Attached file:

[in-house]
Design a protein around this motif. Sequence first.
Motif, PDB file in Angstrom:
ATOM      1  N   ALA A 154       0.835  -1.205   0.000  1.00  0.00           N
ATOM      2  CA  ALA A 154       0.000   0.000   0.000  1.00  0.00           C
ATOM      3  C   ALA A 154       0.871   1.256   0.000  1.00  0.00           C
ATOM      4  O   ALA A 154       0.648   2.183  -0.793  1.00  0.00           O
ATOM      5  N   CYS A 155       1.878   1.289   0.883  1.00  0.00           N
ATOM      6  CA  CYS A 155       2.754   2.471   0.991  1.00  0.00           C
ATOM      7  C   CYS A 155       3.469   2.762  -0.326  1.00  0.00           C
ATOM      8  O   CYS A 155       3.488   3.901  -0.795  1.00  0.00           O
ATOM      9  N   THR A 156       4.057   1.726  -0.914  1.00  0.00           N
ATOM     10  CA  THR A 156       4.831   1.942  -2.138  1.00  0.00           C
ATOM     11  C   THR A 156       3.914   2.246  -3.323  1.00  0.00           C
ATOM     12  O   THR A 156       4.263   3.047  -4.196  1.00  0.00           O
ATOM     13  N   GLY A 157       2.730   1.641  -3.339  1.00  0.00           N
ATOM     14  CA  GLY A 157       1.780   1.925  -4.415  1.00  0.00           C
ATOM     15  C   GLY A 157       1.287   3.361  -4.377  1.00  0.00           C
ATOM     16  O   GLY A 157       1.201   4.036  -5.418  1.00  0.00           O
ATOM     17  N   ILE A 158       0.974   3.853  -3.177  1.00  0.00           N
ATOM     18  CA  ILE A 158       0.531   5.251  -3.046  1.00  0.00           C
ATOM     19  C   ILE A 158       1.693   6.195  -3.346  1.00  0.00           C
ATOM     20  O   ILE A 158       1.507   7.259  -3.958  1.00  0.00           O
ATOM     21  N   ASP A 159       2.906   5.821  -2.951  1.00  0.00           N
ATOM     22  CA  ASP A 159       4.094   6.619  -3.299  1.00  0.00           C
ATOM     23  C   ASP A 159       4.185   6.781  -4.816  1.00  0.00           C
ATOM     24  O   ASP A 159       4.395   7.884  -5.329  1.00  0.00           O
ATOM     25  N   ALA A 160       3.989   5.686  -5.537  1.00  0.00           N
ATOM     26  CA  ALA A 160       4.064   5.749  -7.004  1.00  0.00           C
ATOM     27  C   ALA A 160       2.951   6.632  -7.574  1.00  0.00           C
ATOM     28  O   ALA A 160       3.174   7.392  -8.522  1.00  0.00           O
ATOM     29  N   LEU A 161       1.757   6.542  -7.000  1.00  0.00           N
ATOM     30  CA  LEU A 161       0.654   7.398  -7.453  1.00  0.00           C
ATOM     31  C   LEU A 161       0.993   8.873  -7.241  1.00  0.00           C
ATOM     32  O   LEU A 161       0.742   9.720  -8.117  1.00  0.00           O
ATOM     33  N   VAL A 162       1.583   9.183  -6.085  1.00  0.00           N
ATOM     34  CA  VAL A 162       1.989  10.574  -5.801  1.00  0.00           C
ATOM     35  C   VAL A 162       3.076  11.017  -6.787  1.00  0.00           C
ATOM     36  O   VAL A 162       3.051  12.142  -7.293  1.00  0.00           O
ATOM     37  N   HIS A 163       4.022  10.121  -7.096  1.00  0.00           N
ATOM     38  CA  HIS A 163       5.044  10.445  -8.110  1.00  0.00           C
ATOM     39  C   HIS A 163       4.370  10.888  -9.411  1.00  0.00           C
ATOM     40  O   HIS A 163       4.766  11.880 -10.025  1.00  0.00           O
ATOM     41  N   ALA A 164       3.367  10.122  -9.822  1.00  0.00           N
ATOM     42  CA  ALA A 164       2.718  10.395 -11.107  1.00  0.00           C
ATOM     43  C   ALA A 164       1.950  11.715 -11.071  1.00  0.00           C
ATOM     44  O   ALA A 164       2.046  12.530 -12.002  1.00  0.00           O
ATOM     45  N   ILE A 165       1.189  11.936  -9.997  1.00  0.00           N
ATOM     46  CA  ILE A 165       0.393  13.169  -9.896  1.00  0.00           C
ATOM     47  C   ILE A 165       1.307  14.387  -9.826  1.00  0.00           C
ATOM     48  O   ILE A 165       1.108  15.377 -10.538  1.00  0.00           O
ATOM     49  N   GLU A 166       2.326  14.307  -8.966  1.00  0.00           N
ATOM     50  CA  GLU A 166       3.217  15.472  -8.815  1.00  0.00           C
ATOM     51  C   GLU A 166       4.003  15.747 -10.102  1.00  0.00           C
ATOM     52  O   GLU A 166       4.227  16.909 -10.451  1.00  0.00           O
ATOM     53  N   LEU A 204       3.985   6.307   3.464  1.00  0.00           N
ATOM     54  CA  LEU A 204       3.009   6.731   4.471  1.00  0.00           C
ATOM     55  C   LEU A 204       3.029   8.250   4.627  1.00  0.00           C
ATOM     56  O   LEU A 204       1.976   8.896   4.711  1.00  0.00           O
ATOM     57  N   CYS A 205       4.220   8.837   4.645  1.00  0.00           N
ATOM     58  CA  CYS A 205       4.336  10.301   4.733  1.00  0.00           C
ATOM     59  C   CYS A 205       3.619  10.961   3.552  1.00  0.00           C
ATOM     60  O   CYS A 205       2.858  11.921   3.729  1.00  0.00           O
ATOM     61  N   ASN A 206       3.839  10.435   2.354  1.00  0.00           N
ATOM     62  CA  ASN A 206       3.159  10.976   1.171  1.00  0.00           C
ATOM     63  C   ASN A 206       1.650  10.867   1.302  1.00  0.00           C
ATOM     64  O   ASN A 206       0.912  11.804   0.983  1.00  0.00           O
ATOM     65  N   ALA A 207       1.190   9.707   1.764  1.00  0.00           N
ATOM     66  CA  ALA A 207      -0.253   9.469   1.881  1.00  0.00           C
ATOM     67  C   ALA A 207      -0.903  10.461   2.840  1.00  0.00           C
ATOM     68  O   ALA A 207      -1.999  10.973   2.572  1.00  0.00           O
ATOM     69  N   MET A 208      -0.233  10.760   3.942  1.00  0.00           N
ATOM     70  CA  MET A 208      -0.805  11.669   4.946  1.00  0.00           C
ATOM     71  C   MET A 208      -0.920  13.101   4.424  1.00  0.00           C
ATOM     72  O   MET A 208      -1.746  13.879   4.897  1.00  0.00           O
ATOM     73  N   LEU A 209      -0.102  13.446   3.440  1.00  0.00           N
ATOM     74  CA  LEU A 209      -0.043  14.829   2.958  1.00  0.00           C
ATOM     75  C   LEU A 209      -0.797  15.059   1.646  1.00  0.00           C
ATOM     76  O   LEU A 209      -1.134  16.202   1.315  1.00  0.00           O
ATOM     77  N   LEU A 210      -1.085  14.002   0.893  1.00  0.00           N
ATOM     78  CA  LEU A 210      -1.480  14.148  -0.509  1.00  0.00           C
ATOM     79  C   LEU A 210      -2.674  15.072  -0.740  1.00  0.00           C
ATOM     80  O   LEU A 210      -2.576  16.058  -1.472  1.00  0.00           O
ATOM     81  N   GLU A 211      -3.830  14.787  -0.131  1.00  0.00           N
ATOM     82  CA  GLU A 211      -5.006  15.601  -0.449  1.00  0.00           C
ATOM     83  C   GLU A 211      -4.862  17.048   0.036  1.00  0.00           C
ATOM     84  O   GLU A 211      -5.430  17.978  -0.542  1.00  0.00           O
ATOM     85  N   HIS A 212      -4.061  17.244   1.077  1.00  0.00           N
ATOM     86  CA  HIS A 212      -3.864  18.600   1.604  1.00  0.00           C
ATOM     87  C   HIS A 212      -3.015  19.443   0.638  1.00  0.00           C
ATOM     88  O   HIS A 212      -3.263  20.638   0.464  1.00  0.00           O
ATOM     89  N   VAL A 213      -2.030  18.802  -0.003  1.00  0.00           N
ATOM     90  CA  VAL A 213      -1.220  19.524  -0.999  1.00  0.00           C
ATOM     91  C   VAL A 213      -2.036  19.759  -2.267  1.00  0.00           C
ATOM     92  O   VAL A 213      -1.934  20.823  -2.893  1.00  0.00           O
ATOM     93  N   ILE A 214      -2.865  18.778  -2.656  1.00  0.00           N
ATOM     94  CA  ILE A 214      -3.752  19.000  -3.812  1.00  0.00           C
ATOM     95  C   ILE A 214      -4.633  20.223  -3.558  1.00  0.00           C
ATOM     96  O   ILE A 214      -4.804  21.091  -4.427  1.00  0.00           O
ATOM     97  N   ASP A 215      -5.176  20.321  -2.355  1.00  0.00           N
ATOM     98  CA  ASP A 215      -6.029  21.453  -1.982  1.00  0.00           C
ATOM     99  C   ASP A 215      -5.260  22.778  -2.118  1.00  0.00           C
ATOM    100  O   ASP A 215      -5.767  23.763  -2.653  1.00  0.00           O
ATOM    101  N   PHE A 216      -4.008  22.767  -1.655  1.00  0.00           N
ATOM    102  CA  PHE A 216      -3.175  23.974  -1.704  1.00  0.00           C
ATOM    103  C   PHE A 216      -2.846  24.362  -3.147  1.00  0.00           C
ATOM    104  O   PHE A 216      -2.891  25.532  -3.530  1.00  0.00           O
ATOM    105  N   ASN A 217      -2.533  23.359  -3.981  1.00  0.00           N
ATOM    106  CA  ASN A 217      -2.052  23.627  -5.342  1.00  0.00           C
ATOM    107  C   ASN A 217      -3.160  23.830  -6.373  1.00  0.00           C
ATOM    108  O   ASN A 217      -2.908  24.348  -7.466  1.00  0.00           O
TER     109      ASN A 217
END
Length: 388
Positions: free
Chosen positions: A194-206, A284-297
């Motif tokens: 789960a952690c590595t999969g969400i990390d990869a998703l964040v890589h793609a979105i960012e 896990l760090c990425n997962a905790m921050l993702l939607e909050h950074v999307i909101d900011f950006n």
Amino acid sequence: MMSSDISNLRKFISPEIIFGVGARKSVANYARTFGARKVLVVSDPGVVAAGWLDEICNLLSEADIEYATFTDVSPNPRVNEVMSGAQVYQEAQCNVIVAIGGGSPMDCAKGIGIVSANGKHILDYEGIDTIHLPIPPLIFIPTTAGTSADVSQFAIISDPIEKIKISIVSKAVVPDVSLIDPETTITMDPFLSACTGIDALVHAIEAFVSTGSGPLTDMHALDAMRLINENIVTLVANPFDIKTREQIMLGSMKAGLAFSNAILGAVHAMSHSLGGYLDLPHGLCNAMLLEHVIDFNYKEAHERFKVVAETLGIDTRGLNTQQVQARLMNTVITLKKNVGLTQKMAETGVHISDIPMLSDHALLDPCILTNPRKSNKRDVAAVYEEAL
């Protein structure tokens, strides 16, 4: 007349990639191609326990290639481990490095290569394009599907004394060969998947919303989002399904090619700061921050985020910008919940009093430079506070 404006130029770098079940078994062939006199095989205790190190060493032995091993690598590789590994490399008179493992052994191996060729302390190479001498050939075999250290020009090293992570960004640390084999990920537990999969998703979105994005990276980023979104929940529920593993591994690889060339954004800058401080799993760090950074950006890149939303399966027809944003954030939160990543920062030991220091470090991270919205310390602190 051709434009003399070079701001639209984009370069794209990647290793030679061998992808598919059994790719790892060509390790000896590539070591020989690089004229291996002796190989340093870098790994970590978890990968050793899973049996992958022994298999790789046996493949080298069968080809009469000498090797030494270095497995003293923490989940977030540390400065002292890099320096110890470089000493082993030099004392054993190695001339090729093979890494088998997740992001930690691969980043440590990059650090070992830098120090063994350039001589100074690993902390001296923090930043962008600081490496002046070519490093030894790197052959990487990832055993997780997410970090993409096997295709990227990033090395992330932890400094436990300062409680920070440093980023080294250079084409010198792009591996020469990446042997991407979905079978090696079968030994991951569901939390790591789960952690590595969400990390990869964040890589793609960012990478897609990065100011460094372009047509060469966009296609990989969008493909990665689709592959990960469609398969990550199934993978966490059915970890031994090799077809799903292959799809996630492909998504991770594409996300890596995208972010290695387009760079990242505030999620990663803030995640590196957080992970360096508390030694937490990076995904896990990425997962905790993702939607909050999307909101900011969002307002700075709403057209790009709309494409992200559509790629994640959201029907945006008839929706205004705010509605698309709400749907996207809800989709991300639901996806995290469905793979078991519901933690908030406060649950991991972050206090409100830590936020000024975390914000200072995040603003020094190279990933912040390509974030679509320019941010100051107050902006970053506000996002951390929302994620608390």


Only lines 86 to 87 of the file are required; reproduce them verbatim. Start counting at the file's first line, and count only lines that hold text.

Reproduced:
ATOM     83  C   GLU A 211      -4.862  17.048   0.036  1.00  0.00           C
ATOM     84  O   GLU A 211      -5.430  17.978  -0.542  1.00  0.00           O